Thursday, April 9, 2009

A Performance of Twelfth Night That's All Wet-Literally

Having been in Chicago for a medical meeting (yes, I do have a life outside of Shakespeare), I took the opportunity to attend a performance of Twelfth Night (well, maybe I DON'T have a life outside of Shakespeare) at the Chicago Shakespeare Theater on Navy Pier. It was wonderful! The CST (www.chicagoshakes.com) constantly amazes me with the quality of their productions (I have blogged about them before). I only wish that they would be a reperatory theater instead of a traditional one with one show at a time, so I could go and see multiple plays like I can at Stratford or Ashland. Well, maybe I can use it as an excuse to get away to Chicago more often.

Anyway, I will try to describe the performance. The stage there at CST is a modified thrust one, like the one at the Tom Patterson Theatre in Stratford, ON (only not as long). For this performance the part of the stage that "thrusts" out into the audience (surrounded on three sides) was turned into an actual swimming pool containing various levels from about six inches deep around the edges to over 5 feet deep in the center section. the actors delivered much of their lines while walking around the edges of the pool (in the water) or while swimming in the deep part. Other portions of the action took place on the "dry land" at the back of the stage (where there were many levels of decking built. You can see pictures of how all of this looked and see a video (sped up) of how the usual stage at CST was converted into the pool by going to
www.chicagoshakes.com/main.taf?p=2,31,1,22 (a page that seems not to be accessible directly from the main CST web site).

Throughout the play, just about every actor ended up submerged in the deep part of the pool, whether by being pushed (in a fight), falling in (while drunk), or jumping in (for various reasons). Whenever this happened I (being seated in the first row at the side of the stage/pool) was able to have a little "audience participation" by being splashed (but only a few drops).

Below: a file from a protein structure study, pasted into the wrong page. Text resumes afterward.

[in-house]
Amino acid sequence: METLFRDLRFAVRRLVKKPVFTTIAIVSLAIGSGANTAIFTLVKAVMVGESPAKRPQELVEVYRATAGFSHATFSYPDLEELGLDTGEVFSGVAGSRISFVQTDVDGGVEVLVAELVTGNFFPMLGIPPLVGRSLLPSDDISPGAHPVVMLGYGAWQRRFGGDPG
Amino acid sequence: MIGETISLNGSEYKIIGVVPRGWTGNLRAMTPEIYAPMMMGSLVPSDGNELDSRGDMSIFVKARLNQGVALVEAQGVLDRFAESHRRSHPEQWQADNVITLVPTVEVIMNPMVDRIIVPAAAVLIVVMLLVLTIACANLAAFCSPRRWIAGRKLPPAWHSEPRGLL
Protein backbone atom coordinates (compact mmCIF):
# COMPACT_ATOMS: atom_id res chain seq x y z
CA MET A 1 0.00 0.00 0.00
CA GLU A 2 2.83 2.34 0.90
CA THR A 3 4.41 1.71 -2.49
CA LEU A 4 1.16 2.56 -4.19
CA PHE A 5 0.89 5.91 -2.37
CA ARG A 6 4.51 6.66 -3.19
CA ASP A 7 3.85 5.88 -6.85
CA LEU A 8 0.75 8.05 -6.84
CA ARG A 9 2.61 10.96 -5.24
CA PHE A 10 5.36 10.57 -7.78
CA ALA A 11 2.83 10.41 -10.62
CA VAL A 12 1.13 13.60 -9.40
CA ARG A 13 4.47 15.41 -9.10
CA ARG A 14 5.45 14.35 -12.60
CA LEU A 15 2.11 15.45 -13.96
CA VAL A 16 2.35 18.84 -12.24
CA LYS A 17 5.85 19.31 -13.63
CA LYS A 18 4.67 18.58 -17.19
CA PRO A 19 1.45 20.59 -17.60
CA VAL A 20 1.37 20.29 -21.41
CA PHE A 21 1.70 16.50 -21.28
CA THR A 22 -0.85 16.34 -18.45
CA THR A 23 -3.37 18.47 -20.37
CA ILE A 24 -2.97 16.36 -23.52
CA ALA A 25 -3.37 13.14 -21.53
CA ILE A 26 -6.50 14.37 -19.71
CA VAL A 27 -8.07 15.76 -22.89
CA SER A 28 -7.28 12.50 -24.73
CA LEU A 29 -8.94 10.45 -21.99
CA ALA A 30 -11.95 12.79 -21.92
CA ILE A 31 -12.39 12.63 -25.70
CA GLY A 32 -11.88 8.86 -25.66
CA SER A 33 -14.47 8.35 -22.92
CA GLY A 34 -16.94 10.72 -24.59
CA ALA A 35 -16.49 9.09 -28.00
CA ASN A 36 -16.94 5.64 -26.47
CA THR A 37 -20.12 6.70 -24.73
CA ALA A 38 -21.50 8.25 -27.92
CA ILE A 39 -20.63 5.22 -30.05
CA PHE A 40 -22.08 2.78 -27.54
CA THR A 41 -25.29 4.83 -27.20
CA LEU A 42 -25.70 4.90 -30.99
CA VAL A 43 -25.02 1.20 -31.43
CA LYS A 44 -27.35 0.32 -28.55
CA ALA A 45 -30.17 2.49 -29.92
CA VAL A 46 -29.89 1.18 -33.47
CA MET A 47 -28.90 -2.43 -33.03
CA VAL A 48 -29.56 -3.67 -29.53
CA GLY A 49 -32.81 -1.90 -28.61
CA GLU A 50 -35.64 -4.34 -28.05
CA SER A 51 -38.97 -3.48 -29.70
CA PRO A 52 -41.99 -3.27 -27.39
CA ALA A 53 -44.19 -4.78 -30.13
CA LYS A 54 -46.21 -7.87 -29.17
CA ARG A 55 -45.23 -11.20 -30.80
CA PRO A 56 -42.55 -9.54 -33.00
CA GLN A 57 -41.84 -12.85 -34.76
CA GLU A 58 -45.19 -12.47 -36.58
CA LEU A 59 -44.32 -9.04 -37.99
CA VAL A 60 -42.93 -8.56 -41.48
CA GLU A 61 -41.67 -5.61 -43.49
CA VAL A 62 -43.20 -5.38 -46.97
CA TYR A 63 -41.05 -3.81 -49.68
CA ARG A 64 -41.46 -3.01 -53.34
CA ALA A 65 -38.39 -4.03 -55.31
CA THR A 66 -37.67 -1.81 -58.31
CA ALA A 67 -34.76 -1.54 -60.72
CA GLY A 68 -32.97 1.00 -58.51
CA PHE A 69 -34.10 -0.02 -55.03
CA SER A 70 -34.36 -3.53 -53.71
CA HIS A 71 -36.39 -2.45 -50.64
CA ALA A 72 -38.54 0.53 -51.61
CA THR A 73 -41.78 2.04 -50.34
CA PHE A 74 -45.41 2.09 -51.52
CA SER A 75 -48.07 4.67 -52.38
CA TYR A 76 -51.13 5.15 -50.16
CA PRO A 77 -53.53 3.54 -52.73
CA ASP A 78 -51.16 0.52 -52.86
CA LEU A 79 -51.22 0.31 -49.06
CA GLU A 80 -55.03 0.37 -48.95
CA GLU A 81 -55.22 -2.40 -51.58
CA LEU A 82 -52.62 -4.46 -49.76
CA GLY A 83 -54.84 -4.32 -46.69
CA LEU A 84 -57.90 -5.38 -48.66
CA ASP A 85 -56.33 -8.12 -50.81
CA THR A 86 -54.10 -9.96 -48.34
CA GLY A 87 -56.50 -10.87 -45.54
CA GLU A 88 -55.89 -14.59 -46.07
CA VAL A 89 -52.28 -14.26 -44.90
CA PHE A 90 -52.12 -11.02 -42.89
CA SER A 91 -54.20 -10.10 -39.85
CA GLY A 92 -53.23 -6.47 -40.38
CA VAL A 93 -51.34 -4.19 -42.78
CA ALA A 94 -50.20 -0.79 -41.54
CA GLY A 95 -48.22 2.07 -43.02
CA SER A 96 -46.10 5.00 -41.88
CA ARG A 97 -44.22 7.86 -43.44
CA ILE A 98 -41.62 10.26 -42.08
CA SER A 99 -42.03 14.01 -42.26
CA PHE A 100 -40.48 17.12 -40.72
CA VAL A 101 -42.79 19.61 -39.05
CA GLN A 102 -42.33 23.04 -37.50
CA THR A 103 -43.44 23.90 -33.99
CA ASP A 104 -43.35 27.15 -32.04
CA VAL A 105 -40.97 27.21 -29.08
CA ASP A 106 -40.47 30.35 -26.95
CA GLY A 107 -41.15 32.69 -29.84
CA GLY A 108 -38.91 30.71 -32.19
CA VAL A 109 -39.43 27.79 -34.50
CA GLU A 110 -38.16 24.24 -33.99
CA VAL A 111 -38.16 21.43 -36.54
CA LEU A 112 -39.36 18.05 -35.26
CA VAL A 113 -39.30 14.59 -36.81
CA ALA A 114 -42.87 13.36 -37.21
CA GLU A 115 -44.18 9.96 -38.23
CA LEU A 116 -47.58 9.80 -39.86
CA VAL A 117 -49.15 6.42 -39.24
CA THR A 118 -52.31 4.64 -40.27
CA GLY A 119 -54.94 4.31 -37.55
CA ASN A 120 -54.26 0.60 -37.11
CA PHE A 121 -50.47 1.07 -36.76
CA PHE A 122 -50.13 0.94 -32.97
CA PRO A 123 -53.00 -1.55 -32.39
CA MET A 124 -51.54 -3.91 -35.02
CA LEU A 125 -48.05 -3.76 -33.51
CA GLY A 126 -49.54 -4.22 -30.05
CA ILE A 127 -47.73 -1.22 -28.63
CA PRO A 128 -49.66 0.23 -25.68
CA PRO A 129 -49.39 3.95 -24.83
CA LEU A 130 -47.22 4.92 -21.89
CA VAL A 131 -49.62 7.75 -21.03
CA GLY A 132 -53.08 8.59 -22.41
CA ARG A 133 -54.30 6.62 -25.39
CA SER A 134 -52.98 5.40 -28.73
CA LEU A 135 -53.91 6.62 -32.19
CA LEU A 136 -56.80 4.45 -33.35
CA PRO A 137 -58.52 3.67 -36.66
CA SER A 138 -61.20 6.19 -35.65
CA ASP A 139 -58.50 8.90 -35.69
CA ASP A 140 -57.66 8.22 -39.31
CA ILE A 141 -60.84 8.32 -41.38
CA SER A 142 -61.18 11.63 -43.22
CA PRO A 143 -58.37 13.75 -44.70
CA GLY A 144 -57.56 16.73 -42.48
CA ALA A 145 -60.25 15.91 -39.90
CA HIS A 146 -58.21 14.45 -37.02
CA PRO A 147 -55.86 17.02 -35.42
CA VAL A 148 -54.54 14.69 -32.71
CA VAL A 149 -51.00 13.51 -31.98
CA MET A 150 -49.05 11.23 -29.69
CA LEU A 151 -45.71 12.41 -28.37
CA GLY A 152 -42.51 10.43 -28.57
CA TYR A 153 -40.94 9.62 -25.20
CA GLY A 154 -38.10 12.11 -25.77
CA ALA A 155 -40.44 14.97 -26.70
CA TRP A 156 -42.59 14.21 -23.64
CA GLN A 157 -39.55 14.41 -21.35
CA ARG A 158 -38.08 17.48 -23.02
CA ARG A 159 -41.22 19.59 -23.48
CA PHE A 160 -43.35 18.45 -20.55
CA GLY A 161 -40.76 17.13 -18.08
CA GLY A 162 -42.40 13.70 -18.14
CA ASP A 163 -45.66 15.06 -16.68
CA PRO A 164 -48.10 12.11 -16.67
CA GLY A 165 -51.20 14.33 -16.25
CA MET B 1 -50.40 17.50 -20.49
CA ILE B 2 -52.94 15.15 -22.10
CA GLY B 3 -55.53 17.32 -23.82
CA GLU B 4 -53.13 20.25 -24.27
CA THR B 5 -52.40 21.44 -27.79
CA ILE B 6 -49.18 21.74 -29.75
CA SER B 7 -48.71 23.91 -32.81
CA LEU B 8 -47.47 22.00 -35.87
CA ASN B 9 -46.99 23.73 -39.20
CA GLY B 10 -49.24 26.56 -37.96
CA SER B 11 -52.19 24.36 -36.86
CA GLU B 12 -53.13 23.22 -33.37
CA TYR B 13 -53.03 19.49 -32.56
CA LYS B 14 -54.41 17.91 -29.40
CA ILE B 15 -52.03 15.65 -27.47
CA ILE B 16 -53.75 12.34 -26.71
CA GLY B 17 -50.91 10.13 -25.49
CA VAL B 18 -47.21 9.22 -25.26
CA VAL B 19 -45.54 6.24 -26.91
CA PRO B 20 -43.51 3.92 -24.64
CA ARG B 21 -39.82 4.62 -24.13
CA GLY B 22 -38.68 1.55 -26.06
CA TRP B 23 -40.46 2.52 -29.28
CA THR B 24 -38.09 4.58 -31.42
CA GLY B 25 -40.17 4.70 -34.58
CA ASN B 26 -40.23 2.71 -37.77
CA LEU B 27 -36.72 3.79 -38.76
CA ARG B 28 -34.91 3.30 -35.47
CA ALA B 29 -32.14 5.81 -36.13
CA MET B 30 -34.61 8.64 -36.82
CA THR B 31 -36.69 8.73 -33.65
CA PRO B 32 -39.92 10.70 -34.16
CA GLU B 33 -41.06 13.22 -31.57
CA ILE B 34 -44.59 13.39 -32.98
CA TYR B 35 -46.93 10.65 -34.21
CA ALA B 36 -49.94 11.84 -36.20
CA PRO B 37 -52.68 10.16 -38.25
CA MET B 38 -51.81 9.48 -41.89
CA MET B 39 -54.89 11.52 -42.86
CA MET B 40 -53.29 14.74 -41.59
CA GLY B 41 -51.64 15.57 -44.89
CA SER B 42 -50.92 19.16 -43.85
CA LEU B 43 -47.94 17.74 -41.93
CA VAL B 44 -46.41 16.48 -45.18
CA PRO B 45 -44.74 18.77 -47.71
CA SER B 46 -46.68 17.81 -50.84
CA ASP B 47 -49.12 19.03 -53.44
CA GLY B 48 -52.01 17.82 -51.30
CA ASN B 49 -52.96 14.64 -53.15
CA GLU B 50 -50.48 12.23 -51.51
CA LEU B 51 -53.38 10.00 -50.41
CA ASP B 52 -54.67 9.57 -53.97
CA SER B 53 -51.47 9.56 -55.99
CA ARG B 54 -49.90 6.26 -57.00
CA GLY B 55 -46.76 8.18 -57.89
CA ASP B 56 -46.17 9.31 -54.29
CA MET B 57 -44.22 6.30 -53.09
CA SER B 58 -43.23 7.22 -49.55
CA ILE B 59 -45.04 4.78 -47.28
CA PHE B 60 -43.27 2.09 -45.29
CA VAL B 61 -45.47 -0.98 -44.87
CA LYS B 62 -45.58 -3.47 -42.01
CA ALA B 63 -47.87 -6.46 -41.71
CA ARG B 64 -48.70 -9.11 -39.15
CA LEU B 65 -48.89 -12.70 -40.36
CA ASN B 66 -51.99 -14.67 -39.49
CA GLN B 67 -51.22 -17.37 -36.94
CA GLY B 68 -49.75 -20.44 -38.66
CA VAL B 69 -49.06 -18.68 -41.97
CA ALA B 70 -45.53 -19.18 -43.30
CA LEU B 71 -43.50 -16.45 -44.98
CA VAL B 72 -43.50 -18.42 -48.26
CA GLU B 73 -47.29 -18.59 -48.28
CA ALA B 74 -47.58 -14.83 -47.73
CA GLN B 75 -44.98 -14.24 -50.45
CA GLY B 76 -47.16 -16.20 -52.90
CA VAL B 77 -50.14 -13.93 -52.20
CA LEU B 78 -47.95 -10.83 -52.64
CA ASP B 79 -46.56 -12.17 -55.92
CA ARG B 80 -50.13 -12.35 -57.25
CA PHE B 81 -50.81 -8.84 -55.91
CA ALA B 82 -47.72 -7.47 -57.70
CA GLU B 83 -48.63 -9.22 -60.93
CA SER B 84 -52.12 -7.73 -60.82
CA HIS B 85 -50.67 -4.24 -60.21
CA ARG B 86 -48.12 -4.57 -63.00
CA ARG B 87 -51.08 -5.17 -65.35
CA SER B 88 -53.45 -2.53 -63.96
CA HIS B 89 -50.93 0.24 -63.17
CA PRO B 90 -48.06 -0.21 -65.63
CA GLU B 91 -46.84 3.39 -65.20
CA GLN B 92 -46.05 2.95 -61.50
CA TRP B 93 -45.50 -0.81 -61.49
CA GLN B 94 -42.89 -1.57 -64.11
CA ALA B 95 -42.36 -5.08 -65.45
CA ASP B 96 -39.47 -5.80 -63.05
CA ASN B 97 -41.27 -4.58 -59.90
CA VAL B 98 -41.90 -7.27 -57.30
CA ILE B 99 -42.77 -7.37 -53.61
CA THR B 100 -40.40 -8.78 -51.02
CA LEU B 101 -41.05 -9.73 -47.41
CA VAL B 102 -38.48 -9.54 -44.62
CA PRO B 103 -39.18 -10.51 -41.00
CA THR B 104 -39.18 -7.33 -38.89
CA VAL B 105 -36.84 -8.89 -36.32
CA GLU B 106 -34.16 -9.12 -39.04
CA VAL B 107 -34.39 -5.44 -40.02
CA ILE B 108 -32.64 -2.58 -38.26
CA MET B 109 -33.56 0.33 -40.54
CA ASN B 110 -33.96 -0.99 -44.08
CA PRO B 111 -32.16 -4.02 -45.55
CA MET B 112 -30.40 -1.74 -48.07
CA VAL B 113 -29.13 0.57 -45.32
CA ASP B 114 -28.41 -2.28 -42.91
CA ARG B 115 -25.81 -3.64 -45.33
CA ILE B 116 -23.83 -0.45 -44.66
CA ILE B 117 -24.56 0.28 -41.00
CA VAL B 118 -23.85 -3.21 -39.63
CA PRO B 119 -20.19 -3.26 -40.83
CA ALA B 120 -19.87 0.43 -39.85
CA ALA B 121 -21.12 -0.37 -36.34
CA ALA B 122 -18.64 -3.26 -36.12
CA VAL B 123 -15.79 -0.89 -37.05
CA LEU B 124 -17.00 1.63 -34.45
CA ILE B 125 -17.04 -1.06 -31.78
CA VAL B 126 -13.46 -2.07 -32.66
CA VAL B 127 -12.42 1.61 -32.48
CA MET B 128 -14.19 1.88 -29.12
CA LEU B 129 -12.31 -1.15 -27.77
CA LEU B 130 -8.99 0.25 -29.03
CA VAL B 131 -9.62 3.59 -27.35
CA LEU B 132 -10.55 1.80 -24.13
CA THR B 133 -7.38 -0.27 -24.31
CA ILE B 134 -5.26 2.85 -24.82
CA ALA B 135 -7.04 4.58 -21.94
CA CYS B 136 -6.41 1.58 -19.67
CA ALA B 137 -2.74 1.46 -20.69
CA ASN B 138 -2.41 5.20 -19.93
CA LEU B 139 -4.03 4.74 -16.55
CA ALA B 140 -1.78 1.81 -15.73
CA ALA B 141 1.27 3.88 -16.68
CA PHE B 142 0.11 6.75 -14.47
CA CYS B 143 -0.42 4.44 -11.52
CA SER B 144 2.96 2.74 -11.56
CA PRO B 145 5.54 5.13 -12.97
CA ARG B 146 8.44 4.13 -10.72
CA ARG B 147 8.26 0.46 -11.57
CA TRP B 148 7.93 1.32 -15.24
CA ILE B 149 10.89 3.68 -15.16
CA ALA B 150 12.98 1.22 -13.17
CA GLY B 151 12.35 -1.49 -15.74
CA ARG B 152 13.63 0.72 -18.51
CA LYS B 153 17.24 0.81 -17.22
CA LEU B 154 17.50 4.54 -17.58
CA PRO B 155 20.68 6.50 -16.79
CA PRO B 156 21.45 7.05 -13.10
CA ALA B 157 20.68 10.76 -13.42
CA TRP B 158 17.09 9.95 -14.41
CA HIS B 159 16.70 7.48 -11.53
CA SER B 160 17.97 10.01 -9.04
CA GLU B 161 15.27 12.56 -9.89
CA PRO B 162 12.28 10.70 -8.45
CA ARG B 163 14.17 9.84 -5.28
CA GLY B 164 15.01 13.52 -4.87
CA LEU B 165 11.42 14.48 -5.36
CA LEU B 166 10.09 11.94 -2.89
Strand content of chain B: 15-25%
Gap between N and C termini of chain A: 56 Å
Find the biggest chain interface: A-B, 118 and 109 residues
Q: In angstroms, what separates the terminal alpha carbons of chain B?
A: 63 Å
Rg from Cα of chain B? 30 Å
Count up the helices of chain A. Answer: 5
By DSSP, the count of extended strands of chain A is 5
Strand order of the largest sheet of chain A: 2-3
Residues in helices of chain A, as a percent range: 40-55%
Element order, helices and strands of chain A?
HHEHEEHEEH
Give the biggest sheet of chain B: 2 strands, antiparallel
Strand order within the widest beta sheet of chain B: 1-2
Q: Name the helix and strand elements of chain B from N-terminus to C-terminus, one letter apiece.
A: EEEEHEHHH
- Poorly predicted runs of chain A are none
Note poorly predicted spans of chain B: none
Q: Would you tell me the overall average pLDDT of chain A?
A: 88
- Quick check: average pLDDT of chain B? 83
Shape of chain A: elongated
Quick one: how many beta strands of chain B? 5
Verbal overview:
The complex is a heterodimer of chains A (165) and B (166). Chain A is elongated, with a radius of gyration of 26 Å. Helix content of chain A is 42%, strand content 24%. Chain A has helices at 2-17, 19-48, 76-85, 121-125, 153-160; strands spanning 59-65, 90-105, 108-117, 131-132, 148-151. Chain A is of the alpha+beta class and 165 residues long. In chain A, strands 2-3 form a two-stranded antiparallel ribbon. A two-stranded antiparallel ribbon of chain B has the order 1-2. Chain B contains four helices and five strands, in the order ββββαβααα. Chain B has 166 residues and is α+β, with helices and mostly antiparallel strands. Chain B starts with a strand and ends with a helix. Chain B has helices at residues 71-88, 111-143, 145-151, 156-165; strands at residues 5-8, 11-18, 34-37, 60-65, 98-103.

All of the actors were wearing beautiful Elizabethan era costumes (informally known as "pumpkin pants") and I was constantly amazed at how these costumes were being soaked (at the start of the play, the actors would remove their outer garments as if they were going for a swim, which of course they were, but later on they would be in the pool in full dress).

Part of the fun of watching the play (aside from the extremely good quality of the cast) was waiting to see who would end up in the pool next and how. Of course, the one person everyone in the audience was waiting to see get dunked was Malvolio who, in his austere Puritan dress (shades of Christopher Hatton?) was the only actor who wasn't barefoot thorought the production (well Feste did wear shoes for a short time while pretending to be Sir Topas the priest). Sadly (maybe) Malvolio never did get into the pool, although he was splashed a little, even when he lost his outer clothes and shoes when everyone thought he was mad.

An added bonus was right at the end when Feste sang his melancholy song containing the refrain "the rain it raineth every day". Seeing him using a tattered umbrella to try to stop real rain (coming down from the top of the theater) made the whole thing very poignant.

All in all, one of the best productions of Twelfth Night I have ever seen.

The production runs until June 7 so there is still time to go see it. In fact, I think I will be proposing another Oberon road trip at our next meeting.

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